There are other questions you don't ask - principally, who is Godot? "I think that every member of the audience must be allowed to take their own impression away from the event," says Kingsley. "For Alan and I to push that answer is beyond our mandate, which is to present the question on stage."
"It's the essence of waiting, isn't it?" says Howard, ignoring the ring- fence his colleague has erected around the question. "The play is basically about waiting, which is common to every single human being on earth. Everybody waits, for mundane things, for big things."
It has probably been said before, but could Vladimir and Estragon be two actors in search of a character, Equity members exiled into the theatrical no-man's-land of between jobs (not that Kingsley or Howard know much about unemployment). "Indeed, there is that very strong parallel," says Howard.
We could go on, because the play is infinitely open to interpretation, and at the same time utterly impermeable to it. But one thing this particular production is about, thanks to the yoking of two actors who have gone their separate ways for 25 years, is the dialogue between film and theatre, the miscegenation of two ever more separate performance traditions.
Kingsley is certainly the more visually inventive performance, a clownish counterbalance to Howard's declamatory signature. He gets more laughs.
"It gets laughs," insists Kingsley, meaning the play.
"In a way, Vladimir is the ideas man," adds Howard. "He's the one who's trying to organise, operate or manipulate. He tends to be the initiator, suggesting what should happen next, and therefore the guy who's on the receiving end of that sort of process is usually more comedic in principle. Isn't that true?"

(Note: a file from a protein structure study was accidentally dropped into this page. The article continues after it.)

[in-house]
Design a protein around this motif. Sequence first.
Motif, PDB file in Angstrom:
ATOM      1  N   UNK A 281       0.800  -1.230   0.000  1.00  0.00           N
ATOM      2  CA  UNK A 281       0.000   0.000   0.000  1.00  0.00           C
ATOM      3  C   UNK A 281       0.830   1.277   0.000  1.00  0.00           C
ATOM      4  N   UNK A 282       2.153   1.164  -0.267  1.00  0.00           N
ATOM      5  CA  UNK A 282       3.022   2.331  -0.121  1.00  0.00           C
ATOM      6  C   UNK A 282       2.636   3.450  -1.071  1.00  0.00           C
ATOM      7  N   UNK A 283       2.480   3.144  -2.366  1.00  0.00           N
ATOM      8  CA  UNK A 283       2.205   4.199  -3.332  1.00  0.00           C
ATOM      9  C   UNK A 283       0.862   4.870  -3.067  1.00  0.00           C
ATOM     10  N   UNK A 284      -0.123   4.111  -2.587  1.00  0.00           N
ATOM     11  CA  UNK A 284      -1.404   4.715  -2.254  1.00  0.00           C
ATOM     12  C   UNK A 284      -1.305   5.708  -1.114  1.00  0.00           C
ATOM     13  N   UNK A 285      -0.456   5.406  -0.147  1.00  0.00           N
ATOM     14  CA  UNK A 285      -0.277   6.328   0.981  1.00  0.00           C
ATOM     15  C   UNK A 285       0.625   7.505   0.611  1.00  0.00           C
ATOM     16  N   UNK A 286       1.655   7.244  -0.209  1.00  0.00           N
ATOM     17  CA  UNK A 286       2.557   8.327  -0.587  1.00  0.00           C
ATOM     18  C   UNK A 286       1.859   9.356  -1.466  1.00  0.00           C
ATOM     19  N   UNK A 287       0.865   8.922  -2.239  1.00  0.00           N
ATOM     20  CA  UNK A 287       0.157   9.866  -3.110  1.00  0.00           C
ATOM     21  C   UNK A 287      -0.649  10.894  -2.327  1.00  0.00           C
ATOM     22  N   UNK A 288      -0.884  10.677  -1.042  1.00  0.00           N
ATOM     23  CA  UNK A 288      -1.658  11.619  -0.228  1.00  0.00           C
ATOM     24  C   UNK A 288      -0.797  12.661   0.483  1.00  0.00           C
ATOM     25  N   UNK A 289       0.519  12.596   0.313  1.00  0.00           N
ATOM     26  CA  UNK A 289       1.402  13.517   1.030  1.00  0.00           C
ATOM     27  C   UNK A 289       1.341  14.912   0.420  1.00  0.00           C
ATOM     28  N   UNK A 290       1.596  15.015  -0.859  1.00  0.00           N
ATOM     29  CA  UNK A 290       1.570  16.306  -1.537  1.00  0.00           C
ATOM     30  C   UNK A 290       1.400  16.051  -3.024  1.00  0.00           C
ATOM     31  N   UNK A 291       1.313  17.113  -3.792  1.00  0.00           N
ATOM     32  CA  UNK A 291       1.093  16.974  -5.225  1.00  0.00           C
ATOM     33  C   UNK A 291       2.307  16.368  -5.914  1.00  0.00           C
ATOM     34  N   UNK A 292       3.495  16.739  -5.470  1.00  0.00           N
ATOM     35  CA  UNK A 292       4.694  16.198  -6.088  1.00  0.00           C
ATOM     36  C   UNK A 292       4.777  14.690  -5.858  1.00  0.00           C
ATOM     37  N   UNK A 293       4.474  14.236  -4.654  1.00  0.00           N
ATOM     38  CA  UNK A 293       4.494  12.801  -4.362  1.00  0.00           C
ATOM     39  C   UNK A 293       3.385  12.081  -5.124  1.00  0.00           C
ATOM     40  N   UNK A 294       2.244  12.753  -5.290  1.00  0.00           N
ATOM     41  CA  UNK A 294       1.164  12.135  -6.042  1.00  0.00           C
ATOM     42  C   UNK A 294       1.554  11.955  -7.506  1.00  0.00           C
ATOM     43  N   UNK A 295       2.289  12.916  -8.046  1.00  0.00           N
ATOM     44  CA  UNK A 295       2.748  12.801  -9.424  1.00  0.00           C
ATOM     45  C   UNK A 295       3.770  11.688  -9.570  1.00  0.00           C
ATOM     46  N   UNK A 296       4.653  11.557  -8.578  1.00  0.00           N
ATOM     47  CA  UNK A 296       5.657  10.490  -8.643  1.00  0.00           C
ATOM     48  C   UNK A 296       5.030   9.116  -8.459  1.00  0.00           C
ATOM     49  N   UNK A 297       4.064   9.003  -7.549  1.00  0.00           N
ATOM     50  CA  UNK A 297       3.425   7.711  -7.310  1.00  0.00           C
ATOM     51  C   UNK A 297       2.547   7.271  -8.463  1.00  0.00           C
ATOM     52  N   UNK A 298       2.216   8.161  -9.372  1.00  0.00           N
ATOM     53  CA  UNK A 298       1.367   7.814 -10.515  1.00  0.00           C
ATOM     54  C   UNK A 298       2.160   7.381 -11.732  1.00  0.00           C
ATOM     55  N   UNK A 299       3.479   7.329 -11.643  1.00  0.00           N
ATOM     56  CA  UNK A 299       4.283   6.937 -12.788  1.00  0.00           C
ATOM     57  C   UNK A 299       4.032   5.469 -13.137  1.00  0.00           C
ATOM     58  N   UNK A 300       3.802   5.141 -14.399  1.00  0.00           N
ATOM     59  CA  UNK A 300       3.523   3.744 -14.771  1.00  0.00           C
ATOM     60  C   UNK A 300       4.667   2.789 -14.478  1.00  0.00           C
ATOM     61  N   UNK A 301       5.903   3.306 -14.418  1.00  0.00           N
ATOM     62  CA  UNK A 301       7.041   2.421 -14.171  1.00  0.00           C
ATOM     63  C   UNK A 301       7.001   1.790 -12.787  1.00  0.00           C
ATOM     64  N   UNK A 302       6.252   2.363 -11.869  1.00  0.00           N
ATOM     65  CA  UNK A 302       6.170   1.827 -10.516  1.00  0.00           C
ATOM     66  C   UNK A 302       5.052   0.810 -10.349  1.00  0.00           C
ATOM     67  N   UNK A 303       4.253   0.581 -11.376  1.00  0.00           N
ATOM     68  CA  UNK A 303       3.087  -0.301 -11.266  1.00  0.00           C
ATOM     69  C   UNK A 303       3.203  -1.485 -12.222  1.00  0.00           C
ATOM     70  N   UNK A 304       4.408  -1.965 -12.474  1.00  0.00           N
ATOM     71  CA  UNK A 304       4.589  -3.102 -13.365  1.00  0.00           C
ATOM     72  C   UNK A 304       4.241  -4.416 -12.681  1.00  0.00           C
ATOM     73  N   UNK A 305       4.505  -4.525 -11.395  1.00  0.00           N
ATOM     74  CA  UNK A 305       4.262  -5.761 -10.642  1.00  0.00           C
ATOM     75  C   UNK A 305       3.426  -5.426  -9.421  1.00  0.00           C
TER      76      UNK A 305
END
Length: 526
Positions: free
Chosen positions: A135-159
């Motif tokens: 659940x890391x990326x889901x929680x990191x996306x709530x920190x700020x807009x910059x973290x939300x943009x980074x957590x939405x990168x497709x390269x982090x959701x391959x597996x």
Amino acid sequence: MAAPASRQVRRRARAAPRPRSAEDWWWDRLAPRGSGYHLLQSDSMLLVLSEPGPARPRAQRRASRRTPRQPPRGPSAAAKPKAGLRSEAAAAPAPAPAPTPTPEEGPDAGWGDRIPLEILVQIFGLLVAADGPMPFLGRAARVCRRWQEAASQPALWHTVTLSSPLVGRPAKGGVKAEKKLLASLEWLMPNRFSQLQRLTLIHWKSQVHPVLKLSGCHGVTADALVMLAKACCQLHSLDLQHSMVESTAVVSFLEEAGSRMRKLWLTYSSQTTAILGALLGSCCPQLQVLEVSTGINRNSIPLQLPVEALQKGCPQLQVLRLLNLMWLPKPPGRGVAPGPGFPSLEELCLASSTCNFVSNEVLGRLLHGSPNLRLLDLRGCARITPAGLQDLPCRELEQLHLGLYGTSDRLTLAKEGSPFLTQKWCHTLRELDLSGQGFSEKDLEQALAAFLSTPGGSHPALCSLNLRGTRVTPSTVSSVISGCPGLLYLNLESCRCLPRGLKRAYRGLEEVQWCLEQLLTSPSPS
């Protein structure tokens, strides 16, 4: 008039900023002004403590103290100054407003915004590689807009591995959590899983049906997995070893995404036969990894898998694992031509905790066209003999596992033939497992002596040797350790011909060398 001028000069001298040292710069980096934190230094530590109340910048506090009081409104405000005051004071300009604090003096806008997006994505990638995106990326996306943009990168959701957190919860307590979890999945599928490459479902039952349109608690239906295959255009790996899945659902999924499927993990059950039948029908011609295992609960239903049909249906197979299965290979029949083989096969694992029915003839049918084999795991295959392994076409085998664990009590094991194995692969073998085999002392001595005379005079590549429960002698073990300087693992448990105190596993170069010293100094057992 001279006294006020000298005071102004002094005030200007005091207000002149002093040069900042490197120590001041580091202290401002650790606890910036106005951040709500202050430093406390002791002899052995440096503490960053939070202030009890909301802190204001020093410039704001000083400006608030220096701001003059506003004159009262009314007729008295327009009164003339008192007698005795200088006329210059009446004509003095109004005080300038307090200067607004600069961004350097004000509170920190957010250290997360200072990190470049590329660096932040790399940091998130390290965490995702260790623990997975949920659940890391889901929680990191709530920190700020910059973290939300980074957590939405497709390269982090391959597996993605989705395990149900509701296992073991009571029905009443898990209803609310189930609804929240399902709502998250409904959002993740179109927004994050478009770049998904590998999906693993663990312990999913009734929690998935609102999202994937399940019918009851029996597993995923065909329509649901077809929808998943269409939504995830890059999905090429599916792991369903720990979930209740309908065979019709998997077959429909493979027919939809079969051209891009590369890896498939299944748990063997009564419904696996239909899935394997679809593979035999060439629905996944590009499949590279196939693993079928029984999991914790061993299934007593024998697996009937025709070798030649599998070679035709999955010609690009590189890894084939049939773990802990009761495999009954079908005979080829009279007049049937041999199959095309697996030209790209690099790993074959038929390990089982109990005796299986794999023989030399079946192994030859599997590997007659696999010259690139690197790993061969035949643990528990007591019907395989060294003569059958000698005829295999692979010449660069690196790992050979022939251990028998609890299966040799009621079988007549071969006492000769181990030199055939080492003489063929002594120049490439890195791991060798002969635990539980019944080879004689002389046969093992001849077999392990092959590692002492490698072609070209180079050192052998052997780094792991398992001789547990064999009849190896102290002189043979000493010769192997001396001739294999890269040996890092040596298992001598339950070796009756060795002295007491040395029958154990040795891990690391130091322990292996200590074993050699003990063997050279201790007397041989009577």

"Yeah," agrees Kingsley.
"Estragon's humour is more basic," says Howard, warming to his explanation of why the other guy gets the gags. "It's earthy. Whereas Vladimir is if anything more cerebral. It's pitch and strike, really. And, in any case, a laugh is always a two-way thing. You get the straight line, and then there is a pay-off. But if the straight is wobbly you won't get the pay-off."
Peter Hall has told both his leads that an actor ought to have a go at Godot the way he ought to attempt Hamlet. Kingsley "wanted to do this play two years before Peter asked me. It was the only play I wanted to walk out in front of an audience to do." He has seen the play twice before - Mike Nichols' Broadway production in which Robin Williams exasperated Steve Martin by ad-libbing contemporary gags and, more recently, a version in Dublin. Howard has never seen the play before, but a few years ago acted in it on the radio (with Michael Maloney as Estragon). Back then, the cast performed in English accents. This time, in the first read through, says Kingsley, "we read Act 2 trying to listen to the Irish rhythms in the writing, as an experiment." Then, as Howard points out, "it came off the page. There are thousands of Irishisms in the writing and in English it doesn't work". (Is this why Hall assumed the characters were tramps?)
Kingsley refers to the two roles as "the two halves of a pantomime horse". Might it be attractive to swap ends, to see how the other half lives, the way actors playing Othello and Iago have sometimes done. "I don't know whether any other actors have alternated," says Howard. "It would send you mad to learn it. But I suppose any actor would have a go."
It would be odd if Kingsley didn't disagree. "I probably wouldn't," he says. "There are certain experiences that you go through that stay with you in a particular way. If you return to them in another way you interfere with the process of things resting inside you and becoming laminated into your being. As it were"n